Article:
American Fable is ambitious, maybe too much so sometimes, but there's an intense pleasure in the boldness of the film's style.
"Alamo Bay" tells one of those complicated, tragic American stories that you read about in the newspaper and remember months later, wondering whatever happened to those people and their crisis. In this case, the stories were about a blood feud on the Texas Gulf between the veteran local shrimp fisherman and new arrivals from Vietnam who were, the locals said, invading their traditional grounds and, spoiling the fishing.
A lot of values are at conflict here, including the weight of tradition behind the Texans and the right of the Vietnamese to earn a living. The situation is even more complicated because many of the fishermen fought in Vietnam and are not, at this later date, much impressed by the fact that the newly arrived Vietnamese were on our side.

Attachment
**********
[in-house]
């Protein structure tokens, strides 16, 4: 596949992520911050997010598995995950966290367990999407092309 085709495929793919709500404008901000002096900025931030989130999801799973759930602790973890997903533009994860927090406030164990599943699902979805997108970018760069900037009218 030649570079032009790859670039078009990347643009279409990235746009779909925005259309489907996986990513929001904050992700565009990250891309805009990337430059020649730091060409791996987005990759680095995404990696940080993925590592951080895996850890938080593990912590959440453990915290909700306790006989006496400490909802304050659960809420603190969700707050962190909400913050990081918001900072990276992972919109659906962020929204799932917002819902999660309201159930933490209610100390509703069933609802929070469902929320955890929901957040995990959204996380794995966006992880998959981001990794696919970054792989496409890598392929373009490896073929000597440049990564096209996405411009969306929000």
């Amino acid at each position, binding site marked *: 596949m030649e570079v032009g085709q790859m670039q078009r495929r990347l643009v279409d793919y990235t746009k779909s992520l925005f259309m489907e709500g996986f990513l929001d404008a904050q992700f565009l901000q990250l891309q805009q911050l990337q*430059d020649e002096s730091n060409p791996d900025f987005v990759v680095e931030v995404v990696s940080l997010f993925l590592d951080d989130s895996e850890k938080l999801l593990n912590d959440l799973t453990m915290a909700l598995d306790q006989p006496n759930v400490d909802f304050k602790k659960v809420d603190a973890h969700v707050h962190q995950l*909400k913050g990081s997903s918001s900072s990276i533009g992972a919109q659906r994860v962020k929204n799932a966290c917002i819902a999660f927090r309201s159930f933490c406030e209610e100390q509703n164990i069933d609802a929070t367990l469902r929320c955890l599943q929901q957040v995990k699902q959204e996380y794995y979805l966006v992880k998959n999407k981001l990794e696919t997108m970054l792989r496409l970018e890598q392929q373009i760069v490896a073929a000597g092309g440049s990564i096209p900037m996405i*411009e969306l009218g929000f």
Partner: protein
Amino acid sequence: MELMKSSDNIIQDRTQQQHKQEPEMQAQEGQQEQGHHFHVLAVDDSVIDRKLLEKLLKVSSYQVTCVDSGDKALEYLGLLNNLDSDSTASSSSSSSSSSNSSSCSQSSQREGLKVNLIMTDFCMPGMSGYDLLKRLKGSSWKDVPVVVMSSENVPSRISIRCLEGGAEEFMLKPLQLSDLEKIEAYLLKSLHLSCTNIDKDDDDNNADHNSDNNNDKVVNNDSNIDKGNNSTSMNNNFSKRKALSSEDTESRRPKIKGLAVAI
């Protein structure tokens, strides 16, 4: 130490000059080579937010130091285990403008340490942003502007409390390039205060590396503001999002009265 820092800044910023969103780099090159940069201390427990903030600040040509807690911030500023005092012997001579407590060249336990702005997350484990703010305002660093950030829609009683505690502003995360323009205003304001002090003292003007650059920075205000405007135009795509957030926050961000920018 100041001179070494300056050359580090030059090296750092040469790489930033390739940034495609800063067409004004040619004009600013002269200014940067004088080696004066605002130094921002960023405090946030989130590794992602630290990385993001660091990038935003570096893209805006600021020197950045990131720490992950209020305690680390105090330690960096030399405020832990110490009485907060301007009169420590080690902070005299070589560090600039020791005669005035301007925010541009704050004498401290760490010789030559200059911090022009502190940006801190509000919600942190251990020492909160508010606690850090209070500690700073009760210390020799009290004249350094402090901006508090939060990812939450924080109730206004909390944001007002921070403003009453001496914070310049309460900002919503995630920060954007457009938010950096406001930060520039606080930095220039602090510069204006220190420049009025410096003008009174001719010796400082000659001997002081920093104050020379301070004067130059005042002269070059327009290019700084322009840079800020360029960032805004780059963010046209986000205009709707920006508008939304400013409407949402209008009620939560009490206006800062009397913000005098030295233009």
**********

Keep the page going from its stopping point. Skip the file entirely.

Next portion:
"Alamo Bay" tells the story through the eyes of one of the local fishermen, played by Ed Harris as an angry, hard-drinking man who stubbornly hangs onto his own boat but is afraid he can't meet the payments. Harris has an unhappy homelife, and a love affair on the side with a local woman (Amy Madigan), whose father (Donald Moffat) is the man who rents the boats to the Vietnamese. Harris sees the presence of the new boats as a personal affront, and begins to take a rifle along on his daily trips. The Vietnamese, meanwhile, begin to wonder if they will need to use force to protect themselves.
This is an unhappy situation, and "Alamo Bay" is at its best when it simply dwells on the unhappiness. The emotional heart of the movie is in the affair between Harris and Madigan, who play imperfect people in a flawed world, and whose romance resembles the hard lives described in the country songs they dance to - clinging together as if they could transcend their lives by the sheer power of Saturday night lust.